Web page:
Over the last month the United States has seen a remarkable series of protests against police racism and brutality in the wake of the murder of George Floyd and an extended history of police violence against African-Americans and other minorities. Discriminatory police violence is not unique to the United States. Throughout the Americas countries with varied histories of slavery, racial and ethnic discrimination, and authoritarian policing practices, experience high levels of police abuse and killings. To offer one example, in Brazil police killed around six thousand people in 2018, nearly ten times the rate of such murders in the United States. These killings disproportionately affect poor young Afro-Brazilian men. Brazil’s story of police violence is unusual in its raw numbers but is by no means unique in the region where many countries have an extended and entrenched history of police violence.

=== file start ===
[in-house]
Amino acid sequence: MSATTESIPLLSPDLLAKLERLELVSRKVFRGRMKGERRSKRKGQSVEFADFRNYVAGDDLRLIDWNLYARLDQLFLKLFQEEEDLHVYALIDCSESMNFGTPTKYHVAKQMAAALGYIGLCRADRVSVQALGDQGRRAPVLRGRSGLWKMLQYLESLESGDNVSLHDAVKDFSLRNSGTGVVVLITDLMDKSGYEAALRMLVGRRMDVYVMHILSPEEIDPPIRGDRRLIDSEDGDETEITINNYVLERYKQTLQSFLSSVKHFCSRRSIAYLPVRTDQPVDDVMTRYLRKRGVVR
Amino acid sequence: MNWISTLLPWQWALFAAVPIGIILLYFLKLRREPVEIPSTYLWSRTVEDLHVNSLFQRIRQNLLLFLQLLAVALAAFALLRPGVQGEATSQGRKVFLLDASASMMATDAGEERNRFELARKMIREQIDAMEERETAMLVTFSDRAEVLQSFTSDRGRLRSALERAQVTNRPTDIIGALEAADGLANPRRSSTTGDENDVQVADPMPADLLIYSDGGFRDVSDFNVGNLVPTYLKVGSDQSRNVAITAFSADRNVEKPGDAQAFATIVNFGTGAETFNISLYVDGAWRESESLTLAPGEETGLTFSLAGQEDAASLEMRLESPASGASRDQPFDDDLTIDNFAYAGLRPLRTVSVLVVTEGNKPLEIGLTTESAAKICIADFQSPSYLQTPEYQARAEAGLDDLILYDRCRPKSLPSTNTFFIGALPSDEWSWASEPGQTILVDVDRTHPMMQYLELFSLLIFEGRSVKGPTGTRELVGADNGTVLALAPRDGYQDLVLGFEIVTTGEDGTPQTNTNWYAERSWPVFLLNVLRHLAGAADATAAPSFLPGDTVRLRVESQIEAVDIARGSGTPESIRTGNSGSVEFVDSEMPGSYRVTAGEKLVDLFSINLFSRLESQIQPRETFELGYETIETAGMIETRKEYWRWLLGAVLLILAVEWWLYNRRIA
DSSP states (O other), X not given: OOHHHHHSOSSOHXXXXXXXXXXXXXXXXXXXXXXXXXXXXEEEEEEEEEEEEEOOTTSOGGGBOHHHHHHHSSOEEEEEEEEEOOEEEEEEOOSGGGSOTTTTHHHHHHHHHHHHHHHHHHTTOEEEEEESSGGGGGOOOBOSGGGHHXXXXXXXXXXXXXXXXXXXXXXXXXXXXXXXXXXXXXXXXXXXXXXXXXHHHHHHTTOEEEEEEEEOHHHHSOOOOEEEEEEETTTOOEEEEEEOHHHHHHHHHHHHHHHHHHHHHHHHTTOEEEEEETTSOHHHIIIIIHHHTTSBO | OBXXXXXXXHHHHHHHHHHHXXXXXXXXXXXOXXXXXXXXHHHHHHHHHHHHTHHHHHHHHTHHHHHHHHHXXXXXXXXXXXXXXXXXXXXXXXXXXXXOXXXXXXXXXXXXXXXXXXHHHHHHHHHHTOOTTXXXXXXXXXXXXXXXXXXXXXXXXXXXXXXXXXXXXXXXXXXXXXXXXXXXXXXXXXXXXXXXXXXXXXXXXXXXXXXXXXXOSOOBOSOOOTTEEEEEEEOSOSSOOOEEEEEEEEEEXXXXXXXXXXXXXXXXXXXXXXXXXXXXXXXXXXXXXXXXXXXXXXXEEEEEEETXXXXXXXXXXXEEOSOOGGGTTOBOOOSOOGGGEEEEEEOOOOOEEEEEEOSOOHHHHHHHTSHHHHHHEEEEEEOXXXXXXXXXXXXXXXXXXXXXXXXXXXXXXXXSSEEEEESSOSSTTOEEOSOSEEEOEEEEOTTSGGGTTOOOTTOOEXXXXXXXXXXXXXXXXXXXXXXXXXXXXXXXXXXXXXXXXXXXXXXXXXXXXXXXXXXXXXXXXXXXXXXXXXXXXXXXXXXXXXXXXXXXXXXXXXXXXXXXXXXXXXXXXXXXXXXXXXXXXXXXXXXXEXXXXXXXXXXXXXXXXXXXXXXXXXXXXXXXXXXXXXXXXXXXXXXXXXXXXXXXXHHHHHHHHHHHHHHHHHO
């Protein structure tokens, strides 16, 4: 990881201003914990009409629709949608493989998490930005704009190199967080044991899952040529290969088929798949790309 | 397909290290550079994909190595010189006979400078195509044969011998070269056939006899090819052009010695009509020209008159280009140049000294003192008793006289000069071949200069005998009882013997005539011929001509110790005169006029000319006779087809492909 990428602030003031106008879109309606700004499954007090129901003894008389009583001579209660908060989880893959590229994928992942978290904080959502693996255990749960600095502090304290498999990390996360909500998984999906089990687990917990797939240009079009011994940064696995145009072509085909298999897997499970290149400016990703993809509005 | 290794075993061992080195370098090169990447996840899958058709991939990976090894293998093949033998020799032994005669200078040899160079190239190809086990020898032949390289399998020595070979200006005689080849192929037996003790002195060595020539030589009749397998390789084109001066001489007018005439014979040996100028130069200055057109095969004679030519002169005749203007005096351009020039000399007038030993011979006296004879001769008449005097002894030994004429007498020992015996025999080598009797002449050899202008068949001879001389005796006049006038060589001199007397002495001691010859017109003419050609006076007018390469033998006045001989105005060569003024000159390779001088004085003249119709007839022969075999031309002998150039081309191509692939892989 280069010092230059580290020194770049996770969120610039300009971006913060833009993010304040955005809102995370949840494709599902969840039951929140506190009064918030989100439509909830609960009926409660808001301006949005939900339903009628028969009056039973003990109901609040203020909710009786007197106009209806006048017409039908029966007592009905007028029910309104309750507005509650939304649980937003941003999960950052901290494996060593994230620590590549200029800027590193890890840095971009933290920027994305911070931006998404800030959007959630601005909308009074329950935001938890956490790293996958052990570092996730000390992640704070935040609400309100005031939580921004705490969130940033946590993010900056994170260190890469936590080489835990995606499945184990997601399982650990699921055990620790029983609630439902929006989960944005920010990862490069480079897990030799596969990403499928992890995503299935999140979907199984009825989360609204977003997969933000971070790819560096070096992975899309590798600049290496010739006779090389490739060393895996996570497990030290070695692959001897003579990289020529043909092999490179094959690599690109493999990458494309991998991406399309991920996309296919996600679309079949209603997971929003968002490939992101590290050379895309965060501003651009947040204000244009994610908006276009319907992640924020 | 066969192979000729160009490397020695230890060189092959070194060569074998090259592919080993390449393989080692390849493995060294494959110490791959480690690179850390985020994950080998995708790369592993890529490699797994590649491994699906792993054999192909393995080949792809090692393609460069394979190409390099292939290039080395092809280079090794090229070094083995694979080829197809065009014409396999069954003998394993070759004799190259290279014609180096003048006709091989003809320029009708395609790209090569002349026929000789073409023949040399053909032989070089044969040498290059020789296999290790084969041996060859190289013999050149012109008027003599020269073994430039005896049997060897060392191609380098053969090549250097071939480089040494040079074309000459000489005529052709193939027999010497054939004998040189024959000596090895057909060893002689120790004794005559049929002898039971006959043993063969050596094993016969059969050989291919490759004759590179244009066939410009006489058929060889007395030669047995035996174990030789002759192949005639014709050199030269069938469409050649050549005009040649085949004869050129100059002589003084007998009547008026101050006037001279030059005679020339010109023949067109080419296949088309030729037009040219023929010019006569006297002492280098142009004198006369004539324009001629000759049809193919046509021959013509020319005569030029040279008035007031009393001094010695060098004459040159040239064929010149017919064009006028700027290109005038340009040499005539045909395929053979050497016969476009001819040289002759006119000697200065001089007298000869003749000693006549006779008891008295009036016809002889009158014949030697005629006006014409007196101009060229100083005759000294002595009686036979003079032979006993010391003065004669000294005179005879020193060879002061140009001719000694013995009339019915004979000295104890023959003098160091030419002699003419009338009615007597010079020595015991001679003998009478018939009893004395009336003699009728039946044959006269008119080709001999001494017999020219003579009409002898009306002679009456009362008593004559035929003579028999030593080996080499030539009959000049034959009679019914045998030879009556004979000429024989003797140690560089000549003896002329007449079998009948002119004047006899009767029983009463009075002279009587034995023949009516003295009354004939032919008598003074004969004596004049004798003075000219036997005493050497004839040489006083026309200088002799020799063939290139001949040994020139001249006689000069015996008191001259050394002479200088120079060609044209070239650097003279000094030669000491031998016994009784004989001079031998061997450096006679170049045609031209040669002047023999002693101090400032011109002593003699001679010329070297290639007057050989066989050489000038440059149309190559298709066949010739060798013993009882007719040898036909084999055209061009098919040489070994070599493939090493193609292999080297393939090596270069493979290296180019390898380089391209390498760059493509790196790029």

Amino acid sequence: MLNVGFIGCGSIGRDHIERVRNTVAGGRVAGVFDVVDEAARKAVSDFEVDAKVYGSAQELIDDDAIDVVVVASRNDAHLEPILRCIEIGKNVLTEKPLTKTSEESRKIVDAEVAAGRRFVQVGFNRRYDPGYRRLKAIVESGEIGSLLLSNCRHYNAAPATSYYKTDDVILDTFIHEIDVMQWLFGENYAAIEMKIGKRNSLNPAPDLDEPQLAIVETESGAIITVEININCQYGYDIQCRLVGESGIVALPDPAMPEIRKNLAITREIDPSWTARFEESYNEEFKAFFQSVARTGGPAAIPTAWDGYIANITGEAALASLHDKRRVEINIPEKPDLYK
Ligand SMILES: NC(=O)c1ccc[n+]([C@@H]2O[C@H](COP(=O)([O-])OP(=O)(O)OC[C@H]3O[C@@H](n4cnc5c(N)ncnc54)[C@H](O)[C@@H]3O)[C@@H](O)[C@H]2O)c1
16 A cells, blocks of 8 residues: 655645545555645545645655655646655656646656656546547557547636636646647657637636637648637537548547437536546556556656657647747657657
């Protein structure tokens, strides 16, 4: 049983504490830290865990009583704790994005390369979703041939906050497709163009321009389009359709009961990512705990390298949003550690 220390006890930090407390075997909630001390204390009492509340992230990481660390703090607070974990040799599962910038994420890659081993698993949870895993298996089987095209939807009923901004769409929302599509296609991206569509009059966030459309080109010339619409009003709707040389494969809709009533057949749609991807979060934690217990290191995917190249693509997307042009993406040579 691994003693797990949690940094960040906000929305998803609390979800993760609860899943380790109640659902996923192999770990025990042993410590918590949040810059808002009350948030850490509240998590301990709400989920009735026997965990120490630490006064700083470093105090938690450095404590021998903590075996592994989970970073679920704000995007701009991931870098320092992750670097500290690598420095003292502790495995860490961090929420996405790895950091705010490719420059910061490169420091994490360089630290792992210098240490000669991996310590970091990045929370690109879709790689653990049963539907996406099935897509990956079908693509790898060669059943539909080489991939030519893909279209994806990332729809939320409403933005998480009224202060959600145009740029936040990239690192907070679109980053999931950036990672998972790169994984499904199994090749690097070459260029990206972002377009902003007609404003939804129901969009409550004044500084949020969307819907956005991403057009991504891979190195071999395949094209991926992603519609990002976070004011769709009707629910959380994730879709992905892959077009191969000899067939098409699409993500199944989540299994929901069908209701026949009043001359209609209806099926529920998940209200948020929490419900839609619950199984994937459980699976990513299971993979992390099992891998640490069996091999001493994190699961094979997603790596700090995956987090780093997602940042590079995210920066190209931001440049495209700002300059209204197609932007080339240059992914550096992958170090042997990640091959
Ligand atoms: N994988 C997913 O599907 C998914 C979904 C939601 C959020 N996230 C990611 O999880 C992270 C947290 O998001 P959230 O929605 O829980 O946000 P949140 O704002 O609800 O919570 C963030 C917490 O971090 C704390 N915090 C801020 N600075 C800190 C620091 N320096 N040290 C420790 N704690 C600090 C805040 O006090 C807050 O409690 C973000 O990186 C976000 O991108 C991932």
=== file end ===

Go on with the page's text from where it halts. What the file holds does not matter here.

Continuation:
This panel discusses practices of police violence against disadvantaged social groups in Latin America and the Caribbean. The panel will discuss police violence in the region in comparative perspective seeking to understand the similarities and difference in police violence between Latin America and the Caribbean and the United States. The panel will also address responses to police violence in Latin America and the Caribbean and what we can learn in the United States from those responses.
The event brings together two scholars, Lilian Bobea and Yanilda Gonzalez, with extensive experience studying and analyzing policing and police violence across Latin America and the Caribbean. The program will be moderated by Enrique Desmond Arias, Marxe Chair of Western Hemisphere Affairs at Austin W. Marxe School of Public and International Affairs.